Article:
This IMAX feature travels the Greek coastline, detailing the countries sometimes mysterious, cultural, and even advanced historical past. While blasé to any Greek historian, casual viewers are likely to be sucked into these bronze-era stories, the invention of democracy, and the downfall of a populace too thick to realize they could fail.
While Nia Vardalos is labeled as the narrator, much of Greece is told from the perspective of archaeologist Christos Doumas. His findings – from raw materials inscribed with early alphabets to intricate paintings of the eras – tell their own story, revealing a culture involved in the arts, sports, and of course, war.
Relics and ruins are reconstructed for the bulky IMAX cameras, given new life in 70mm and computer rendering technology. A statue of Athena is especially brilliant in its digital construction, adding a sense of scale to some tourists staring in awe of the virtual piece.
The coastline and a potential location for the lost kingdom of Atlantis are in constant view of the camera, the aerials soaking in the unique landscapes and lush, clear waters. There’s certainly no loss of scenery to eat up, or lightly laid out educational value. Nothing is repetitious or poured on too thick, making it easy to take in and enjoy. [xrr rating=4/5 label=Movie]
IMAX features continue their wonky trek onto Blu-ray, the likes of Arabia a majestic, brilliant piece of home video, Greece completely out of its league. Completed in 2006, Greece looks 10 years older, the pervasive softness, filtering, judder, and print damage excessive for any film, let alone one that’s supposed to stun with a 70mm source.
Aerials, of which there are many, die out immediately with their fuzzy, imprecise qualities. Modern cities are flushed with overbearing, bleeding colors, smearing as the camera moves, and needlessly processed. It seems there’s an inconsistent layer of DNR and mild sharpening tearing this source apart, never meeting in any sort of natural medium.
The grain structure, which should be nearly invisible given its light structure, is elevated on bright sources. A shot of a sunset contains dancing dots thanks to the intrusive sharpening, as does a shot of a white church. The AVC encode itself is high-powered enough. This shouldn’t happen.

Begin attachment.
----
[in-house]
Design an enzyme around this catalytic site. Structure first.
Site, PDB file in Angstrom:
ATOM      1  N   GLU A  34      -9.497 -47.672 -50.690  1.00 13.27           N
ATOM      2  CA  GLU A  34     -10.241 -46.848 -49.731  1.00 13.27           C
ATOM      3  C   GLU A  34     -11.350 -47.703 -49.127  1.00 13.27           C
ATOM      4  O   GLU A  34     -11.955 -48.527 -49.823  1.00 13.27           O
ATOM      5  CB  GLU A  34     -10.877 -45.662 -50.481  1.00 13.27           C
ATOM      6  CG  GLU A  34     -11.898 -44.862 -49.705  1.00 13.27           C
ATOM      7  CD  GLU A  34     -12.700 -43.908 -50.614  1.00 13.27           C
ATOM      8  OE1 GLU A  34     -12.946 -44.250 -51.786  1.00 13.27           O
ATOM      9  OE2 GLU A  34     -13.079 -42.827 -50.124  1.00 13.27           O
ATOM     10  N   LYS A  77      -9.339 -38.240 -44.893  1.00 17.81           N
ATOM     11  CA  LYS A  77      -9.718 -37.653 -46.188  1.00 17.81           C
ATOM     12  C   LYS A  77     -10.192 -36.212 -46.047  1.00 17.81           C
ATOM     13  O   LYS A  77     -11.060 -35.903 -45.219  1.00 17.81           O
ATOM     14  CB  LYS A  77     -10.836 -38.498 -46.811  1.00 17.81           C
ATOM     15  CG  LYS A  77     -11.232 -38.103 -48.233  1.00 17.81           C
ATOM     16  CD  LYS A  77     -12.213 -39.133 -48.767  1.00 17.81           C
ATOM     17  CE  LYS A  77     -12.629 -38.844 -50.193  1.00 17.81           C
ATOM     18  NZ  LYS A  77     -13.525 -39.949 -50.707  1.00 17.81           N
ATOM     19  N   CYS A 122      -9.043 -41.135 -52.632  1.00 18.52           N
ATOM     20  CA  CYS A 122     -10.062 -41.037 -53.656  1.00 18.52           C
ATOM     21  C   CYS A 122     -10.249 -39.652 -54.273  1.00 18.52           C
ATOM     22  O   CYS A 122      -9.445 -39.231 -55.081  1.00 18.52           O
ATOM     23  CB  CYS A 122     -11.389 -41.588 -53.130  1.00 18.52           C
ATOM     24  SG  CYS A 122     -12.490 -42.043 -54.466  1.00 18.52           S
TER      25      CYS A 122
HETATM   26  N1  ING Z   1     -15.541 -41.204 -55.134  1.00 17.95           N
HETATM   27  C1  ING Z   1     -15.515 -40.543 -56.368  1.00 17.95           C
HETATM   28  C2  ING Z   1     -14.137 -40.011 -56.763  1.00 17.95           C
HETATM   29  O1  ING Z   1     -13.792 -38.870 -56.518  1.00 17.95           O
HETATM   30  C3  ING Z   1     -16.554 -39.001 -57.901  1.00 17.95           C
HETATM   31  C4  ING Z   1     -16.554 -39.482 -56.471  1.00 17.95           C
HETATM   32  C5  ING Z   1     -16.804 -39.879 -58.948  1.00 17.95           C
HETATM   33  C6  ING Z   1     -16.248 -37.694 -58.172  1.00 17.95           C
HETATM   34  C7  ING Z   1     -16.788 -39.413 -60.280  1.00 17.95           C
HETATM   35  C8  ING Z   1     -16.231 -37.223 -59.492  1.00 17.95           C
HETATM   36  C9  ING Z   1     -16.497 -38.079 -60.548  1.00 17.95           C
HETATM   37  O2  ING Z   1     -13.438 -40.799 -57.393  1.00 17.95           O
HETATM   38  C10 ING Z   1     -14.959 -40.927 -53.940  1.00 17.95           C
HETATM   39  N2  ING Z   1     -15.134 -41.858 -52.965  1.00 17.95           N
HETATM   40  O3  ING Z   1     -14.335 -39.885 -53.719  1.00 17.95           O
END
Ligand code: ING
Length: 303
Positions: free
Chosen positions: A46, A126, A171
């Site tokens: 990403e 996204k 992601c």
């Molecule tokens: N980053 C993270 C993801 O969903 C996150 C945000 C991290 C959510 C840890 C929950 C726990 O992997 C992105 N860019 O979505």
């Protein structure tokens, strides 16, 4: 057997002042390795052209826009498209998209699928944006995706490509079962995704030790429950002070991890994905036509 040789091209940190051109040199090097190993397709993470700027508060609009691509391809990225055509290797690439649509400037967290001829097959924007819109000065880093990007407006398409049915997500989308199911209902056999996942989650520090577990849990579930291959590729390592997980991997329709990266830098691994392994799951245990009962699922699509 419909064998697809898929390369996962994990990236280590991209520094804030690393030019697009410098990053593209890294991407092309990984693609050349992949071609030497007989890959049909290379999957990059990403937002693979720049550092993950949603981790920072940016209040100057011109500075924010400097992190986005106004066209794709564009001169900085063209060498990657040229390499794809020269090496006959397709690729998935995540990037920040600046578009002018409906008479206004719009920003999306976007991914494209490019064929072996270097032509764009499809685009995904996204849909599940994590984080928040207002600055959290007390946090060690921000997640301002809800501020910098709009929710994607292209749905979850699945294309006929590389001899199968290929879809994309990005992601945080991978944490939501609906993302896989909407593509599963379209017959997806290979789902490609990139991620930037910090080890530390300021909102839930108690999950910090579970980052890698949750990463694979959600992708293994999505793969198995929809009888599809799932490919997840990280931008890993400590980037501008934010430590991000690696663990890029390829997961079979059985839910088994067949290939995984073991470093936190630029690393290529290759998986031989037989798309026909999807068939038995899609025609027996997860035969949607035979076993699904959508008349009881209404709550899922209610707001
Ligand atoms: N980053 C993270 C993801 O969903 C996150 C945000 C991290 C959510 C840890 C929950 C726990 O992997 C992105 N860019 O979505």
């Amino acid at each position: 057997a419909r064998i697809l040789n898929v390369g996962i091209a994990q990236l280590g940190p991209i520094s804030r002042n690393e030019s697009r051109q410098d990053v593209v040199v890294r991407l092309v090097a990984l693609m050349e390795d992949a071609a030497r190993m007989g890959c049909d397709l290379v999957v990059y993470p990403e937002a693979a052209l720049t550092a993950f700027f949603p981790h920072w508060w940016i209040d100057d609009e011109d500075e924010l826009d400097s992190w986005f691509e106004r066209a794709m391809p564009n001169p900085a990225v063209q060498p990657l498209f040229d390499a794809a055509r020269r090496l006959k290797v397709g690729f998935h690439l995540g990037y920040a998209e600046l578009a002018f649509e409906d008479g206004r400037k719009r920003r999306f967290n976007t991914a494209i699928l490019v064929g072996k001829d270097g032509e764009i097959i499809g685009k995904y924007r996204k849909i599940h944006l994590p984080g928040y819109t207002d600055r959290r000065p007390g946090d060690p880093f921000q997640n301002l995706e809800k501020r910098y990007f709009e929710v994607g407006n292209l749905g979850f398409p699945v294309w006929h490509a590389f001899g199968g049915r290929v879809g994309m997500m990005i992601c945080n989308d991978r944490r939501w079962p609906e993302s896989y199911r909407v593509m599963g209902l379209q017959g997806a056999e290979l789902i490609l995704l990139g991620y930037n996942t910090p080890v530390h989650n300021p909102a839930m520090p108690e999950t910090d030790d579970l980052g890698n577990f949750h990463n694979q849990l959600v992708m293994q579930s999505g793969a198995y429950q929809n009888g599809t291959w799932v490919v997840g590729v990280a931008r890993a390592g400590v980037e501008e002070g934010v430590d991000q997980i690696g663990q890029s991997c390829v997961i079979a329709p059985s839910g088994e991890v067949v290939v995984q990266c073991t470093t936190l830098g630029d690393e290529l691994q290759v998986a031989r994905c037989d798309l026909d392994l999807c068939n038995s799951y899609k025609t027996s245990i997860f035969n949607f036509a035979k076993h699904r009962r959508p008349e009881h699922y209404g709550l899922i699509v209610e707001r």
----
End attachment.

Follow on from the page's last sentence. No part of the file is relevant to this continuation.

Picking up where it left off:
There are a handful of great looking views, shots where the water doesn’t look like a thick, mucus-infused liquid. Those are outstanding, but also the exception rather than the rule. The footage itself is great, aided by typically firm black levels, just crushed under a mountain of unnecessary technical additions. [xrr rating=2/5 label=Video]
Greece’s audio highlight is a volcanic eruption, rumbling into the sub with sufficient oomph and the pyroclastic flow sweeping overhead. Sure, it’s the death of an entire civilization, but at least it sounds good (too soon?).
The DTS-HD mix shows off when it can, a short visit to a blacksmith sparking into the rears with a nicely dimensional effect that travels front to back. Imaging is precise and clean. Music also has a way of keeping a dominating presence, vocals soaring on the highs and instrumentals taking over the surrounds and stereos. IMAX features adore those engulfing aural experiences as much as they do the visual side of things. [xrr rating=4/5 label=Audio]
The 22-minute making-of is standard fare for IMAX, an honest, and further educating feature. The History of Magillvray Freeman Films is a carry over from some of the other studio productions, a seven-minute look at their extensive line of work. Sixteen trailers and BD-Live access are also awaiting your arrival. [xrr rating=2/5 label=Extras]
Full disclosure: This Blu-ray was provided to us for review. This has not affected the editorial process. For more information on how we handle review material, please visit our about us page to learn more.
Note: This disc is part of the MacGillivary Freeman Limited Edition Gift Set, containing 10 of the IMAX features from their library. The Greece: Secrets of the Past disc in the set is identical to the stand-alone retail release.